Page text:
An Award-Winning Enterprise Software Product from Pune Entrepreneurs

Sapience AnalyticsBy working efficiently, companies can increase profitability. That is the philosophy Sapience Analytics follows. It is founded by four serial entrepreneurs whose previous ventures had successful exits to Symantec Corp. and Symphony Services Inc.

Sapience is an award winning and patent-pending solution. It was selected as a 2012 Top 10 ‘Made in India’ Enterprise Product Company by NASSCOM. It was also named as a 2011 Asia Top 100 technology company by Red Herring. Sapience has received $1.2M in funding from Seed Enterprises and the Indian Angel Network already.

The solution enables companies whose employees use computers, to achieve 20% or more gains in work output without putting in any additional effort. Organizations don’t need to change their processes or incur extra management overhead. Sapience deployment has a transformational impact on delivery capability and profitability, potentially delivering annual gain of over $1 million per 100 employees (US costs).

Sapience provides automated deployment and upgrades and integrates with the internal applications of the organizations such as ERP, HRIS etc. Organizations can get detailed analytical data of work time of various enterprise dimensions, roles, skills, locations etc. The application provides Automated Work Visibility across the enterprise hierarchy. And as it provides actionable advisories to employees and managers, work output can be enhanced significantly at every level.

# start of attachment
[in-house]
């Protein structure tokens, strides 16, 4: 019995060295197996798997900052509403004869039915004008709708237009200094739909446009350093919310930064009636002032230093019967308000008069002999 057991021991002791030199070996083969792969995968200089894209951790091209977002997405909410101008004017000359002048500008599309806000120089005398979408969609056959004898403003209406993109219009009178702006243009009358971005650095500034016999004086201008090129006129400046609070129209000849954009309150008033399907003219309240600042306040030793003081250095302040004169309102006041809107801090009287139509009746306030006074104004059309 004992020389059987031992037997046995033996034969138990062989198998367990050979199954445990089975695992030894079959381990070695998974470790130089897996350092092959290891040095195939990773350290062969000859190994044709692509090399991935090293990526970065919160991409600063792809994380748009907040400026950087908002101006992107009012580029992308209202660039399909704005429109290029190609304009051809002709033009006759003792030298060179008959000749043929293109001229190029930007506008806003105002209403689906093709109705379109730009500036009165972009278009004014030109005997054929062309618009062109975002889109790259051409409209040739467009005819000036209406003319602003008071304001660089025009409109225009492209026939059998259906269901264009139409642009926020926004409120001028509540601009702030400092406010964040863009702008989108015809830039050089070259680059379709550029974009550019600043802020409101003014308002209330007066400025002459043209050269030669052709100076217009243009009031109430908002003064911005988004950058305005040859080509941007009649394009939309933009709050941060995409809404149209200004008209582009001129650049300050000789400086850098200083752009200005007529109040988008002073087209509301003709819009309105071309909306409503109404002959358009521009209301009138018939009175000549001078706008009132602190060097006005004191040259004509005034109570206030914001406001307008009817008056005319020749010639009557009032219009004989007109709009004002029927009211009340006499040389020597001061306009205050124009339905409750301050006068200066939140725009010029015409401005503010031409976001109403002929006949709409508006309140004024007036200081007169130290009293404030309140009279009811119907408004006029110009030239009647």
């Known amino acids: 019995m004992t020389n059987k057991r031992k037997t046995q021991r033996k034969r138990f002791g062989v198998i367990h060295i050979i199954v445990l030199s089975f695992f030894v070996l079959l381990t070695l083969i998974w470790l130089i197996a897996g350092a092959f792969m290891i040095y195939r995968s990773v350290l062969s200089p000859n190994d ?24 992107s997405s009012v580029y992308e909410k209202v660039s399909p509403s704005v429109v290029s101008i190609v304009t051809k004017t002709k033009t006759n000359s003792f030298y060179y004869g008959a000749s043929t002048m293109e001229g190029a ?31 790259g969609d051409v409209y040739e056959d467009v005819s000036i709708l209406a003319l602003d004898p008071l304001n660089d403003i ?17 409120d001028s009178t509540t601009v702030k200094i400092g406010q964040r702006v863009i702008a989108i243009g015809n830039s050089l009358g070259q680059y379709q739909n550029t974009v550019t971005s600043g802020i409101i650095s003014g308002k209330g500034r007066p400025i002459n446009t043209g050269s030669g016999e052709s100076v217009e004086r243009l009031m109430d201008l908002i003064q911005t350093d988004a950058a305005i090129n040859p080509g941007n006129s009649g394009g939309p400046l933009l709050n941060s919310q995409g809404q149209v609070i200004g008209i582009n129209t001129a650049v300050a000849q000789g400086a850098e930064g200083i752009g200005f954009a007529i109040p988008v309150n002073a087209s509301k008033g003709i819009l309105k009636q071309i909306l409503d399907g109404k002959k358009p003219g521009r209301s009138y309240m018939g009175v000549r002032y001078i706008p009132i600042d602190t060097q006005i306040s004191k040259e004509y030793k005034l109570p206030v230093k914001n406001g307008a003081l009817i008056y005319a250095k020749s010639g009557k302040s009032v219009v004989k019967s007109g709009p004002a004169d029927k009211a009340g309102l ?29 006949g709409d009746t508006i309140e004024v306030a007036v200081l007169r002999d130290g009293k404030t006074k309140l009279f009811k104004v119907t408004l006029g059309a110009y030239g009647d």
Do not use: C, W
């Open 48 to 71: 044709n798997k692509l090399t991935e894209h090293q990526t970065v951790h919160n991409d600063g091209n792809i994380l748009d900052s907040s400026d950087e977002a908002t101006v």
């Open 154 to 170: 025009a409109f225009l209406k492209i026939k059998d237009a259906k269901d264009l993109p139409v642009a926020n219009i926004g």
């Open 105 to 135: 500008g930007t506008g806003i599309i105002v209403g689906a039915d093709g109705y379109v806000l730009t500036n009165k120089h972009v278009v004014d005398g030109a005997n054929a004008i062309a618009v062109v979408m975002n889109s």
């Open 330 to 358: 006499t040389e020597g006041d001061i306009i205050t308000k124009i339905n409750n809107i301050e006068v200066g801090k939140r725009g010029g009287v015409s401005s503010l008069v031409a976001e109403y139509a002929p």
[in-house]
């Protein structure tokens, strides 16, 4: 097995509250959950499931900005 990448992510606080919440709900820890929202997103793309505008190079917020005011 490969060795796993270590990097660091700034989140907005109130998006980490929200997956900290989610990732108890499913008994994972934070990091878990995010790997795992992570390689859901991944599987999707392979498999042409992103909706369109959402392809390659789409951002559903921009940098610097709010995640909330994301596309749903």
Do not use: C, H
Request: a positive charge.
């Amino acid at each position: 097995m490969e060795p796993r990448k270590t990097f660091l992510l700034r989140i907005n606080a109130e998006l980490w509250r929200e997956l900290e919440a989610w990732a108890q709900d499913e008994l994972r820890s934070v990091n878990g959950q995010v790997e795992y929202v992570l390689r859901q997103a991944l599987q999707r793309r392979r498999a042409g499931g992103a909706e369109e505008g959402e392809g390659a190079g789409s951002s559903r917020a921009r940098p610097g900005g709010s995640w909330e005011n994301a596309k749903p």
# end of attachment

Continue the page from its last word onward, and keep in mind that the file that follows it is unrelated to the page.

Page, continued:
Shirish Deodhar, the CEO and one of the co-founders, graduated from IIT Bombay and did his MS from the US. He worked in the US and India for several years before starting his own company Frontier Software in 1989. It was an outsourced software product development company. Frontier got acquired by one of its early customers, VERITAS Software which is now a part of Symantec. After scaling the VERITAS India subsidiary to 600+ employees, he joined another startup, In-Reality Software. This company had a successful exit to Symphony Services in 2004 after which they scaled the Pune operations to 700+ employees. In this company Shirish met the three other co-founders of Sapience. In 2008 they realized that product ventures were going to be the future of Indian IT industry. They decided to develop a solution to improve productivity of organizations that have remote teams.

In mid-2009, Swati Deodhar, one of the co-founders and Shirish’s wife, came up with a prototype. This aggregated and analyzed data from different tools and displayed on a dashboard. They realized that it would be too expensive to build this product as they would have to support a large number of tools and applications from several vendors. However, the model offered them a clearer vision of what they actually wanted to create. It addressed a fundamental and universal issue – how teams would assign and execute their work.